Under the Bipartisan Budget Act of 2015 OSHA is required to increase civil penalties for the first time since 1990 and a one-time catch-up adjustment will occur in August 2016. Penalties are expected to be increased by roughly 80 percent, meaning a serious citation of $7,000 may now be $12,500 and a $70,000 willful violation may now be $125,000. The precise penalty amount will be known when OSHA publishes this information in the Federal Register on or before July 1, 2016.

OSHA has stated that employers who are inspected prior to the effective date of August 1, 2016 but are issued citations after August 1 will be issued citations under the new penalty structure with higher penalties. And because OSHA has six months from the date of alleged violations to issue citations, employers with current open inspections resulting in citations issued after August 1 will see higher penalties.

Print:
EmailTweetLikeLinkedIn
Photo of Tressi L. Cordaro Tressi L. Cordaro

Tressi L. Cordaro is a Principal in the Washington, D.C. Region office of Jackson Lewis P.C. She is co-leader of the firm’s Workplace Safety and Health Practice Group. She advises and represents employers on occupational safety and health matters before federal and state…

Tressi L. Cordaro is a Principal in the Washington, D.C. Region office of Jackson Lewis P.C. She is co-leader of the firm’s Workplace Safety and Health Practice Group. She advises and represents employers on occupational safety and health matters before federal and state OSHA enforcement agencies.

Ms. Cordaro has advised employers faced with willful and serious citations as the result of catastrophic events and fatalities, including citations involving multi-million dollar penalties. Ms. Cordaro’s approach to representing an employer cited by OSHA is to seek an efficient resolution of contested citations, reserving litigation as the option if the client’s business objectives cannot otherwise be achieved. As a result, she has secured OSHA withdrawals of citations without the need for litigation.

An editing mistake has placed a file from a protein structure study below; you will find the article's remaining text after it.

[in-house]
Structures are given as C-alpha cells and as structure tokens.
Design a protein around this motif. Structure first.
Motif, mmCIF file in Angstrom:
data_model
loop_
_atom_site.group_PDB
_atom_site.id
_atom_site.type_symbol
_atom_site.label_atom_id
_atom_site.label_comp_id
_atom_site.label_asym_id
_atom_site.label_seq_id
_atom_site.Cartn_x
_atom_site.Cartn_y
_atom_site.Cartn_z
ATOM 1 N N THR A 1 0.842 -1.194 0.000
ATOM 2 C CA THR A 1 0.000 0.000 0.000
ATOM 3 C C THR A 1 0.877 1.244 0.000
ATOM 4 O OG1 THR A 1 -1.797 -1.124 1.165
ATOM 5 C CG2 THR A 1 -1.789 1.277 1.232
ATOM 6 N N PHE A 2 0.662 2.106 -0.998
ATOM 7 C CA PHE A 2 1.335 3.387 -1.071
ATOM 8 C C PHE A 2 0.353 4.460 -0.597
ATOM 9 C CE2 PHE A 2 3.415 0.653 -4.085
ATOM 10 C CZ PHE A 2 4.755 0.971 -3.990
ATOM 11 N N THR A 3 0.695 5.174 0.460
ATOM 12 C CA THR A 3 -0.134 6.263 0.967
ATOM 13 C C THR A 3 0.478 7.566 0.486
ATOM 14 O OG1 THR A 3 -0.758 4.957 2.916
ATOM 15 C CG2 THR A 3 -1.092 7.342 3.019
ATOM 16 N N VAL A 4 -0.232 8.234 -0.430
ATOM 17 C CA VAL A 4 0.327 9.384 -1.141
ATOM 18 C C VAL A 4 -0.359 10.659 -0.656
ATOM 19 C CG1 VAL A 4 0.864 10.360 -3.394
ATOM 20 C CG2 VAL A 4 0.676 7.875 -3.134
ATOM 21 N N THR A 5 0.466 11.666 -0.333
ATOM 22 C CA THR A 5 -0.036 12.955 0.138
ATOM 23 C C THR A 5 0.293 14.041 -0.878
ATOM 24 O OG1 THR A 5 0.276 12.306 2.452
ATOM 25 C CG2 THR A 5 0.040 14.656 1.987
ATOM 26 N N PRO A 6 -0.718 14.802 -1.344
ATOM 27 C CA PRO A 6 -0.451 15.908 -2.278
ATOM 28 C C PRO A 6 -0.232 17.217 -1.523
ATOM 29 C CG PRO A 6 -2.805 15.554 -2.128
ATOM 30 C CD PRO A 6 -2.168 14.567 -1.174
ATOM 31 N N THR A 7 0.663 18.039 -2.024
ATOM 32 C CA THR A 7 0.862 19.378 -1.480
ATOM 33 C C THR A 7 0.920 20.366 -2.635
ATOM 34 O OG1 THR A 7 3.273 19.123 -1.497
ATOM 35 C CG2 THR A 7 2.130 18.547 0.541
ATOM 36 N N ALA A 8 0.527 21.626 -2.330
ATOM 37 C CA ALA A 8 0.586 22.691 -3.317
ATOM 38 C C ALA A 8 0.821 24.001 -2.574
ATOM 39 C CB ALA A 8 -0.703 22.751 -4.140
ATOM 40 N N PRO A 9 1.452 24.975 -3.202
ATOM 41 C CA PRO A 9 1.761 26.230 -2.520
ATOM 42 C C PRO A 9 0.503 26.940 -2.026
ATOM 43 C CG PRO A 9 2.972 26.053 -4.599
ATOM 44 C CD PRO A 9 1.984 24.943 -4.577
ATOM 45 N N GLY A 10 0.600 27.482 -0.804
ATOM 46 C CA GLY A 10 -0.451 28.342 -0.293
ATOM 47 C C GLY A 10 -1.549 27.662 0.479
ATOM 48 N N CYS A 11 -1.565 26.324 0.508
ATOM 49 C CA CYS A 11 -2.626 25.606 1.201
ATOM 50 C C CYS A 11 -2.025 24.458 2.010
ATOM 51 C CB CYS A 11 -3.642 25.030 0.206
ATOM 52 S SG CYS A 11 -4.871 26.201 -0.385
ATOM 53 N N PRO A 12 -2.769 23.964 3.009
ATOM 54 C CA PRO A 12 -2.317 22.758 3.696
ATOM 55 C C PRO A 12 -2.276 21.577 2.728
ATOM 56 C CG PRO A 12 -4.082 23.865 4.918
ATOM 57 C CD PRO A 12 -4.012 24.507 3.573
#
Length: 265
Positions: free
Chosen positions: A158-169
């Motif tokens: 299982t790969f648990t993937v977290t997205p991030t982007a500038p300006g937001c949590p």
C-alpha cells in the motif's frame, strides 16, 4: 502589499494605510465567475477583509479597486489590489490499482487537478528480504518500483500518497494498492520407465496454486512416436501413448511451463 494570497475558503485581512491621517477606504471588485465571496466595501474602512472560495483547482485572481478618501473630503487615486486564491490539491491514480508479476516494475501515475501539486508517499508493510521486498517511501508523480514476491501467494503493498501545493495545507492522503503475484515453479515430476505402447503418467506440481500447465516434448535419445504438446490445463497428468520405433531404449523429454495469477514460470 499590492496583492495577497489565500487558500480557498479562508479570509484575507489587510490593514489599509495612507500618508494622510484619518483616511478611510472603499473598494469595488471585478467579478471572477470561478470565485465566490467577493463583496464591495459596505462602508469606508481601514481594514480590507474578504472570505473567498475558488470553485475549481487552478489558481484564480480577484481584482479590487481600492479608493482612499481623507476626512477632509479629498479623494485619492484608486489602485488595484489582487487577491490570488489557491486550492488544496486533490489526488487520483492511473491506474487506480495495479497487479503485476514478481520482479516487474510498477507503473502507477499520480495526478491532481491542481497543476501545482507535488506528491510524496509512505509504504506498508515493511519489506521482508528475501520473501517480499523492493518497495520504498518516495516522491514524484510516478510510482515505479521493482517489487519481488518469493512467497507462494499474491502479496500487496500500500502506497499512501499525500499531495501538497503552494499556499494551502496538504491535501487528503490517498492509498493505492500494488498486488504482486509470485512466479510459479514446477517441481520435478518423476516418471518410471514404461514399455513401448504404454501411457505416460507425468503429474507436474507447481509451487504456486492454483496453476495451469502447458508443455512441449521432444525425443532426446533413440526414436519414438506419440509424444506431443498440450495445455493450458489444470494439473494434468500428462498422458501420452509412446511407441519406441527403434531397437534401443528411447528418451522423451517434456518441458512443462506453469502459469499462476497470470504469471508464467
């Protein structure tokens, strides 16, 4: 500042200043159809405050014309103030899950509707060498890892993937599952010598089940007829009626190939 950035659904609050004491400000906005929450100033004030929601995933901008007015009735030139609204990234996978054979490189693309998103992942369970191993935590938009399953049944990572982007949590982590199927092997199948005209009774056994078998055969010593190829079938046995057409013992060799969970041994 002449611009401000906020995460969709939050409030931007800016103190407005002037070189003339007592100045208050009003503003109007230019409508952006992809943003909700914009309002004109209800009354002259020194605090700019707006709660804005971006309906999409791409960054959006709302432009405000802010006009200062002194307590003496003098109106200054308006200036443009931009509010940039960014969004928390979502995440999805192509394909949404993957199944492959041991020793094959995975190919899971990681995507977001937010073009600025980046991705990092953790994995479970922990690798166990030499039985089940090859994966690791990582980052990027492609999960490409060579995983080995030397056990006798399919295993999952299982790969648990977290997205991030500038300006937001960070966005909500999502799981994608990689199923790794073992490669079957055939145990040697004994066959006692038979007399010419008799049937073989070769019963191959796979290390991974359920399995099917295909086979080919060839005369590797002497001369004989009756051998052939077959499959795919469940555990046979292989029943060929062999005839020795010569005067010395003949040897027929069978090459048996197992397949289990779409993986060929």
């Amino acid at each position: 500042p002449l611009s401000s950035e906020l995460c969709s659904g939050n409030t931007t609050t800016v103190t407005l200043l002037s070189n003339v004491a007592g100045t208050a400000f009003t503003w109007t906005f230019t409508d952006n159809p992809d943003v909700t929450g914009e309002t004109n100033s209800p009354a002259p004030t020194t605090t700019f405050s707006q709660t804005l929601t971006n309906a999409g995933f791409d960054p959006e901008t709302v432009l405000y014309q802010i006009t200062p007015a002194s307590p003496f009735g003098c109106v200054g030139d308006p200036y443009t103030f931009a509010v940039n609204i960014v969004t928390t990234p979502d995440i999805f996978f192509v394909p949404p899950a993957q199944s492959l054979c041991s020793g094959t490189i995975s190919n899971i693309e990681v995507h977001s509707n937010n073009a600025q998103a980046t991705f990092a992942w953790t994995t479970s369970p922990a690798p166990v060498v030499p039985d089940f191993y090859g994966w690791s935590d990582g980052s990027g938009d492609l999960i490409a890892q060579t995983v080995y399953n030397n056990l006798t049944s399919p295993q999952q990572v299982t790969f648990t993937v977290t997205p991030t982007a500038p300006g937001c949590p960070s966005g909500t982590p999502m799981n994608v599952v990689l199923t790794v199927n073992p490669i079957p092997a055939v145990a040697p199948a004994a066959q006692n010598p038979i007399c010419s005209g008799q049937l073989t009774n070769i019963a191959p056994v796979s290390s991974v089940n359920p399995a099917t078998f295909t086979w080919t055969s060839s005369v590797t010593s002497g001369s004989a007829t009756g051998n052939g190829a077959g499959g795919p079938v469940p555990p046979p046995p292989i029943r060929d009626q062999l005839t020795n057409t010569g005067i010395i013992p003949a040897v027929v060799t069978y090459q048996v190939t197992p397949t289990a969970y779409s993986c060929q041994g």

Ms. Cordaro’s unique experience with government agencies involved in OSHA enforcement enables her to provide employers with especially insightful guidance as to how regulators view OSHA compliance obligations, and evaluate contested cases.

Ms. Cordaro served as the Presidentially-appointed Legal Counsel and Special Advisor to the past Chairman and Commissioner Horace A. Thompson, III at the U.S. Occupational Safety & Health Review Commission (OSHRC) in Washington, DC, the agency that adjudicates contested federal OSHA citations. As the Commissioner’s chief counsel, Ms. Cordaro analyzed all cases presented to the OSHRC and advocated the Commissioner’s position during decisional meetings.

In addition, Ms. Cordaro worked at the U.S. Department of Labor’s Occupational Safety & Health Administration developing OSHA standards, regulations and enforcement and compliance policies, with emphasis on the construction industry. She has in-depth experience on technical issues including, in particular, issues related to cranes and derricks in construction.